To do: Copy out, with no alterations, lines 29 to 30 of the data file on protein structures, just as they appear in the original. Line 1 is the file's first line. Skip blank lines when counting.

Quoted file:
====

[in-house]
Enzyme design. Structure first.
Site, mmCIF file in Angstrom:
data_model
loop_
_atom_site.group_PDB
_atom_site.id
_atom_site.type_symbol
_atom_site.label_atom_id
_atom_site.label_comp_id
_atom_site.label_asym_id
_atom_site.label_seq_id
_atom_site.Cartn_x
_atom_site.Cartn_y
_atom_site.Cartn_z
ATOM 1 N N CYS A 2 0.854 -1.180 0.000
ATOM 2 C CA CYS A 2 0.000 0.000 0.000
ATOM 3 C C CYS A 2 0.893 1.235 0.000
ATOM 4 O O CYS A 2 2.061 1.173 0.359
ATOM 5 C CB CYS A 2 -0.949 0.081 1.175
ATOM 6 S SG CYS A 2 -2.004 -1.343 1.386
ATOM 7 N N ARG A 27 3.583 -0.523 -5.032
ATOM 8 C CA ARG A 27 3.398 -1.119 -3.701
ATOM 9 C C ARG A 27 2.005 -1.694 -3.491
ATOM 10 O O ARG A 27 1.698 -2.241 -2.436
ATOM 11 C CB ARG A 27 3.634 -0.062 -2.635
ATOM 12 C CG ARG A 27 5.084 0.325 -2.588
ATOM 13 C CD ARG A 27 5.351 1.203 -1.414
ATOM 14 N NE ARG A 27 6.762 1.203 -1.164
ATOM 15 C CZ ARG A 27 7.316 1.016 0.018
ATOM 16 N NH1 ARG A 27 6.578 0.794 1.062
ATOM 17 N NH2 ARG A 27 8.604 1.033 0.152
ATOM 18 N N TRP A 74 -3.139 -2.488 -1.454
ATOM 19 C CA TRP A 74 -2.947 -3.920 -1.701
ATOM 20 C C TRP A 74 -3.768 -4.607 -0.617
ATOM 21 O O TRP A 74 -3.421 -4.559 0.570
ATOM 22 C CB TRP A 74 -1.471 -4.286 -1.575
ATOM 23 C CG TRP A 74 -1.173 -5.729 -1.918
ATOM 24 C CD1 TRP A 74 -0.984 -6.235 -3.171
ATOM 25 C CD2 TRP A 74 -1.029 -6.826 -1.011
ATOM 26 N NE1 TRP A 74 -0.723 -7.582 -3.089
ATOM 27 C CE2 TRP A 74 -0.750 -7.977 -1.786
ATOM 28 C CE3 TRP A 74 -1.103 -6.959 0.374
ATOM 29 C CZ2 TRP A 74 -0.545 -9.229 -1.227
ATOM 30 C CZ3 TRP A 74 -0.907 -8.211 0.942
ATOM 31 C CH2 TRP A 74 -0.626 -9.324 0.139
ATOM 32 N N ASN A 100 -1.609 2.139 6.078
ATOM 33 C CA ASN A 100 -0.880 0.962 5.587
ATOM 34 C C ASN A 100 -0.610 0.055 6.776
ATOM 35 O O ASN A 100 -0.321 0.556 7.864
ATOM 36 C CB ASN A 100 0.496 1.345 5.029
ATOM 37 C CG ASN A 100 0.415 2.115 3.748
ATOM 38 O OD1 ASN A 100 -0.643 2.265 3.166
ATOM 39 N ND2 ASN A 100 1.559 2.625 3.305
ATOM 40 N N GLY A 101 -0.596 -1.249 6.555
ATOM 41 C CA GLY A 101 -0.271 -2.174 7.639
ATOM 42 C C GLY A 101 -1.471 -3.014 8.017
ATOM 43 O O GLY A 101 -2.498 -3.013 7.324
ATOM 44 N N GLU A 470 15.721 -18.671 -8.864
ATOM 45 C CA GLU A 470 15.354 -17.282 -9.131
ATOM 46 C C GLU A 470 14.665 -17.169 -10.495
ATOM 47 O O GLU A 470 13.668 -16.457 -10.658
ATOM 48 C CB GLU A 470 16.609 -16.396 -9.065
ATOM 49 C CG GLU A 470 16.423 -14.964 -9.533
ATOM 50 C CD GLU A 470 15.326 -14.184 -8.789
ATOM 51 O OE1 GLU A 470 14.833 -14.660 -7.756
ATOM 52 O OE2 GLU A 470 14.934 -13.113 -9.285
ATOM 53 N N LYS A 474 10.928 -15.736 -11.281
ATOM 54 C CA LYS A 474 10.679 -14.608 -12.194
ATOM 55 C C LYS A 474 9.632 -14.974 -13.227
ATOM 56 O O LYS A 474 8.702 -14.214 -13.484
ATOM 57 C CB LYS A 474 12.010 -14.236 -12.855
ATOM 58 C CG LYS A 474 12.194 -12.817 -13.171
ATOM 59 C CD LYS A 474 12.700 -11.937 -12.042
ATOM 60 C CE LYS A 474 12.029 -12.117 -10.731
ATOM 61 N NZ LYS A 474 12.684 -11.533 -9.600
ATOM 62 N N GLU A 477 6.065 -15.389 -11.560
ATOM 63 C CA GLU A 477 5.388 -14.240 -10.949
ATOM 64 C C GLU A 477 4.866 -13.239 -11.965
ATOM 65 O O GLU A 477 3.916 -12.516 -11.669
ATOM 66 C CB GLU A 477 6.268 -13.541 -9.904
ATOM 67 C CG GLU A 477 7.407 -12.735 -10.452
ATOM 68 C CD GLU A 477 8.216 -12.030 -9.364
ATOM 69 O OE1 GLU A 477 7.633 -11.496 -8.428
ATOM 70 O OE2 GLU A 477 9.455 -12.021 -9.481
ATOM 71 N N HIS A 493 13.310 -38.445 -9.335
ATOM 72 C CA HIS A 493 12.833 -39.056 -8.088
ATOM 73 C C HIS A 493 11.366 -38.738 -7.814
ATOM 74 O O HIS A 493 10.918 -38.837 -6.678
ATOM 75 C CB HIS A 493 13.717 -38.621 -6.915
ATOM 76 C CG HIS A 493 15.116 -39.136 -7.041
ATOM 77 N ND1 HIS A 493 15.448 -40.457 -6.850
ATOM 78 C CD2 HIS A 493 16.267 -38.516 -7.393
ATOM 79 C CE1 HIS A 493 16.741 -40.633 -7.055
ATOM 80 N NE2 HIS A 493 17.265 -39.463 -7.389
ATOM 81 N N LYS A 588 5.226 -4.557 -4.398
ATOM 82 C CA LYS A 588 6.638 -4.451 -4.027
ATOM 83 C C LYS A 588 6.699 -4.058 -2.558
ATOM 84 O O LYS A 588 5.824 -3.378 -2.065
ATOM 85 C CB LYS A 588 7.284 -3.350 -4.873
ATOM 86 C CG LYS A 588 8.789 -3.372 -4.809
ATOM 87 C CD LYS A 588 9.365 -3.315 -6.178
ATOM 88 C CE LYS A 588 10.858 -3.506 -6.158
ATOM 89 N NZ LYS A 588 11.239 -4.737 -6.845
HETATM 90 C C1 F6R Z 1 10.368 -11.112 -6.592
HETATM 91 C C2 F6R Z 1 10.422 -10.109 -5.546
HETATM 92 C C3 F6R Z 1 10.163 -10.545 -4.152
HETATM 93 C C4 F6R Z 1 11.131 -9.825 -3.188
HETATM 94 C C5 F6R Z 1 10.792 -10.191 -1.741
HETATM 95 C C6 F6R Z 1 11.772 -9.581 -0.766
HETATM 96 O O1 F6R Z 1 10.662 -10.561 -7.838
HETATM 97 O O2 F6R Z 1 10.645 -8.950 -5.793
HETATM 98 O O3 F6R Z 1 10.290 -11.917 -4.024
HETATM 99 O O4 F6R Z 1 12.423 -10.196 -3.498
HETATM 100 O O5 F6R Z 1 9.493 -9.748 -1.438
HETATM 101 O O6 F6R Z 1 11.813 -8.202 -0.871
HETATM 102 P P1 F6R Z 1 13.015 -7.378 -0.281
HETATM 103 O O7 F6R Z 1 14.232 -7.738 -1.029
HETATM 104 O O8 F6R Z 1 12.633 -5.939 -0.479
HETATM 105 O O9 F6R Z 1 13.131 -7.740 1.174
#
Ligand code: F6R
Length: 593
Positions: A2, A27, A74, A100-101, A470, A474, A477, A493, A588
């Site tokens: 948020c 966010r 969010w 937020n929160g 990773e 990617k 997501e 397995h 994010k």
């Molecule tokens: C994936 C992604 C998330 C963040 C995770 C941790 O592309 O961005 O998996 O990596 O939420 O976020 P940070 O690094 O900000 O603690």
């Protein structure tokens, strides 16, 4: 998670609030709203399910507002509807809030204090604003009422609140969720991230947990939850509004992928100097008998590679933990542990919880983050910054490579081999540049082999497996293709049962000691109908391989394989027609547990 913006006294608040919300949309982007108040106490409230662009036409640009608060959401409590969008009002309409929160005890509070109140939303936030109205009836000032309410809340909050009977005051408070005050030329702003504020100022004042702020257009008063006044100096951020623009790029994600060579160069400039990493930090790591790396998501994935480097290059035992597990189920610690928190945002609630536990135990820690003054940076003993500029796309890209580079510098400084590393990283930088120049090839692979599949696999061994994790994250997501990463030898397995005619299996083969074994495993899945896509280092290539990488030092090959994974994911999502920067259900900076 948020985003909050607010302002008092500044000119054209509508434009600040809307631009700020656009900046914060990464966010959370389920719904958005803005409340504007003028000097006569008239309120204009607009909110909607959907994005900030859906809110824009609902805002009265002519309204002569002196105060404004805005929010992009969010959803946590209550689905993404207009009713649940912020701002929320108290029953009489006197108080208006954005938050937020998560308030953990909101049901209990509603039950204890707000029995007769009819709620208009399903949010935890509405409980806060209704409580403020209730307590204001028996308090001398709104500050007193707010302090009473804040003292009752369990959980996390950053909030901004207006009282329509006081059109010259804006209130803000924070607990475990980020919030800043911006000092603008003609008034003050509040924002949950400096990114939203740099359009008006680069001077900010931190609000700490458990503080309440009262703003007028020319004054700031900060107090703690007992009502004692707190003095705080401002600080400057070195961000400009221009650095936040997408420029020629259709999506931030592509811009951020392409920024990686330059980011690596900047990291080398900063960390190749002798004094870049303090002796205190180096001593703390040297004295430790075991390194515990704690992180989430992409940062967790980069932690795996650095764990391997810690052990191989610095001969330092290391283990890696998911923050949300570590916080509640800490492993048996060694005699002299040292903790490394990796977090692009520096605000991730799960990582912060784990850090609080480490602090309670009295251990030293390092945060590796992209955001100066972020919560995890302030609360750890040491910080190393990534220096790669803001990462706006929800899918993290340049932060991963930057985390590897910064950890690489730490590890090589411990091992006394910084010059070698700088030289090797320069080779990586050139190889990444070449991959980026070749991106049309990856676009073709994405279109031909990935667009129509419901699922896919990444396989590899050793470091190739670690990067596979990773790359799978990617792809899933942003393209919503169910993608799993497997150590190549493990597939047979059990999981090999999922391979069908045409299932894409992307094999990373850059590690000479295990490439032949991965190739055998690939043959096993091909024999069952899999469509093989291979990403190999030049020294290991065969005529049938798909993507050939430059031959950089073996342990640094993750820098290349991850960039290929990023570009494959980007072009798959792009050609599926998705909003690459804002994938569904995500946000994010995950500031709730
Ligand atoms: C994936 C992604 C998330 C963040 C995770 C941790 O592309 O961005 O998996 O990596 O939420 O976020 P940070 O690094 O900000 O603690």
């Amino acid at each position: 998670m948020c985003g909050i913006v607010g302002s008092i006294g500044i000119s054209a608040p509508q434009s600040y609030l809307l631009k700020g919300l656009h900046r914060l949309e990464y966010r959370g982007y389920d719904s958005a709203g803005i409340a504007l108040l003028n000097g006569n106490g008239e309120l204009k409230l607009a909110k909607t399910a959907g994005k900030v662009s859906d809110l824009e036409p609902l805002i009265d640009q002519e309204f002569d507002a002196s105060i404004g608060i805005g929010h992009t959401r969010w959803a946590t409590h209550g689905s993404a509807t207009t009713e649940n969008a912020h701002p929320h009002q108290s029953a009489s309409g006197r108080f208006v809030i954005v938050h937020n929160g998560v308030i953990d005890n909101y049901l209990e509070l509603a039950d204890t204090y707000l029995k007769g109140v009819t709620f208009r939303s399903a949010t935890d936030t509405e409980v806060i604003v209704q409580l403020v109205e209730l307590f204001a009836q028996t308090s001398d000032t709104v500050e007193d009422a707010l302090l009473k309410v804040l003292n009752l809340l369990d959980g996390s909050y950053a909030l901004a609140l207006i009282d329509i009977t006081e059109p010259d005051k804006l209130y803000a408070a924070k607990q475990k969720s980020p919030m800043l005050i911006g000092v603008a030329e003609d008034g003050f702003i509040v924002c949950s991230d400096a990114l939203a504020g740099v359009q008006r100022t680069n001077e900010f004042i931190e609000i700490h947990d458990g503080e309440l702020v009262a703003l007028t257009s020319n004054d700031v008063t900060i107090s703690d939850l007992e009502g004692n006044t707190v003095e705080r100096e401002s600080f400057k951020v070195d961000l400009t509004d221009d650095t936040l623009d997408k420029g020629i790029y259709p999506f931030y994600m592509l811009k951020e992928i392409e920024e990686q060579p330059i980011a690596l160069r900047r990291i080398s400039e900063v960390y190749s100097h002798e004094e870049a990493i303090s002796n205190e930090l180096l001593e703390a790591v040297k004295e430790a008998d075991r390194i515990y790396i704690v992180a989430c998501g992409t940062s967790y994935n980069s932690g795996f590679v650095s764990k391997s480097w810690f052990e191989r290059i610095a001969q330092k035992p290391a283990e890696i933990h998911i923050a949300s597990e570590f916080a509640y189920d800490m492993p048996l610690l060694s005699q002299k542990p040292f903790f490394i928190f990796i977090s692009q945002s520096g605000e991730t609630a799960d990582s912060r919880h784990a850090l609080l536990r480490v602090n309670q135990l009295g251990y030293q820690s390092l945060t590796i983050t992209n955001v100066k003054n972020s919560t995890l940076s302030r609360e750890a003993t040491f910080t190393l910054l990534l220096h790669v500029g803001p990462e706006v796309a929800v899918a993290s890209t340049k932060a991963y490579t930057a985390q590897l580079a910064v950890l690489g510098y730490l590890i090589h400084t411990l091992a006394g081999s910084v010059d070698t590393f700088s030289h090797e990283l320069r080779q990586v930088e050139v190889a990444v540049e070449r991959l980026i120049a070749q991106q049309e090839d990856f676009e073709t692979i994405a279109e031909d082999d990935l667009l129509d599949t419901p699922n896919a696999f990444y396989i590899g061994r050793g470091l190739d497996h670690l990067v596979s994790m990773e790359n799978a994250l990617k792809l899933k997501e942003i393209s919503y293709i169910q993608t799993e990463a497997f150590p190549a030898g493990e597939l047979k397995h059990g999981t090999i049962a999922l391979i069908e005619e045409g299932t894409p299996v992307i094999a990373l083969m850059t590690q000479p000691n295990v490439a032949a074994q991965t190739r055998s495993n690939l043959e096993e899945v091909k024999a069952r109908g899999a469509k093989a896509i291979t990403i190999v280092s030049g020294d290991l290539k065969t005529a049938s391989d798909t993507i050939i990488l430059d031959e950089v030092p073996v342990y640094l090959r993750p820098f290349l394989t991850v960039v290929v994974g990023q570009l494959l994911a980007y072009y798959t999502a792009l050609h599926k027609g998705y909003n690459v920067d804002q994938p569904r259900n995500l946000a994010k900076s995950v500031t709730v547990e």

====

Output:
ATOM 14 N NE ARG A 27 6.762 1.203 -1.164
ATOM 15 C CZ ARG A 27 7.316 1.016 0.018